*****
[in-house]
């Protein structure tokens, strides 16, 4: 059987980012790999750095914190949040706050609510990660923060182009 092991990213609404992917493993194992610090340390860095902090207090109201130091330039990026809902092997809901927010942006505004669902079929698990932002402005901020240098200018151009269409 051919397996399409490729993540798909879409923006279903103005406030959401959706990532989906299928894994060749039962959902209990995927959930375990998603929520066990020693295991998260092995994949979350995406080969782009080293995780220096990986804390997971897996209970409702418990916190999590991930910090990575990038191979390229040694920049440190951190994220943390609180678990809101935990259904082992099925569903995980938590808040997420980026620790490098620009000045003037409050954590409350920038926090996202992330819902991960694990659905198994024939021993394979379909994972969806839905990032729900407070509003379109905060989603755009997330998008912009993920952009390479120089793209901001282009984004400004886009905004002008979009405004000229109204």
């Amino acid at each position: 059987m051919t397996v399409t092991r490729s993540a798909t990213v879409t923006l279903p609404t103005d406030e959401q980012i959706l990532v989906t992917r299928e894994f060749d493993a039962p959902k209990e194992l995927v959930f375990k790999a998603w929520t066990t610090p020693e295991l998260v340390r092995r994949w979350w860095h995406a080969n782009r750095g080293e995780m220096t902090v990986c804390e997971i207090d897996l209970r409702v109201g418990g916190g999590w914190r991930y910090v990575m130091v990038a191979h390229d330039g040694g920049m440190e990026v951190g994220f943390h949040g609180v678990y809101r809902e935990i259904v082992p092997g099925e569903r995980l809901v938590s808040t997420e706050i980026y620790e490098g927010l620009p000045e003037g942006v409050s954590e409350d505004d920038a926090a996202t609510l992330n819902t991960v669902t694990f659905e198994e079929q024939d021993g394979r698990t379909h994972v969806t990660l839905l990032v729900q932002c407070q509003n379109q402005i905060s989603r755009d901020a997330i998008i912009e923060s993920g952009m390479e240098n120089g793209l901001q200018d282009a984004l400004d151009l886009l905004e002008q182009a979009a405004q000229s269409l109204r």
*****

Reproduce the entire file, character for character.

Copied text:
[in-house]
């Protein structure tokens, strides 16, 4: 059987980012790999750095914190949040706050609510990660923060182009 092991990213609404992917493993194992610090340390860095902090207090109201130091330039990026809902092997809901927010942006505004669902079929698990932002402005901020240098200018151009269409 051919397996399409490729993540798909879409923006279903103005406030959401959706990532989906299928894994060749039962959902209990995927959930375990998603929520066990020693295991998260092995994949979350995406080969782009080293995780220096990986804390997971897996209970409702418990916190999590991930910090990575990038191979390229040694920049440190951190994220943390609180678990809101935990259904082992099925569903995980938590808040997420980026620790490098620009000045003037409050954590409350920038926090996202992330819902991960694990659905198994024939021993394979379909994972969806839905990032729900407070509003379109905060989603755009997330998008912009993920952009390479120089793209901001282009984004400004886009905004002008979009405004000229109204």
């Amino acid at each position: 059987m051919t397996v399409t092991r490729s993540a798909t990213v879409t923006l279903p609404t103005d406030e959401q980012i959706l990532v989906t992917r299928e894994f060749d493993a039962p959902k209990e194992l995927v959930f375990k790999a998603w929520t066990t610090p020693e295991l998260v340390r092995r994949w979350w860095h995406a080969n782009r750095g080293e995780m220096t902090v990986c804390e997971i207090d897996l209970r409702v109201g418990g916190g999590w914190r991930y910090v990575m130091v990038a191979h390229d330039g040694g920049m440190e990026v951190g994220f943390h949040g609180v678990y809101r809902e935990i259904v082992p092997g099925e569903r995980l809901v938590s808040t997420e706050i980026y620790e490098g927010l620009p000045e003037g942006v409050s954590e409350d505004d920038a926090a996202t609510l992330n819902t991960v669902t694990f659905e198994e079929q024939d021993g394979r698990t379909h994972v969806t990660l839905l990032v729900q932002c407070q509003n379109q402005i905060s989603r755009d901020a997330i998008i912009e923060s993920g952009m390479e240098n120089g793209l901001q200018d282009a984004l400004d151009l886009l905004e002008q182009a979009a405004q000229s269409l109204r």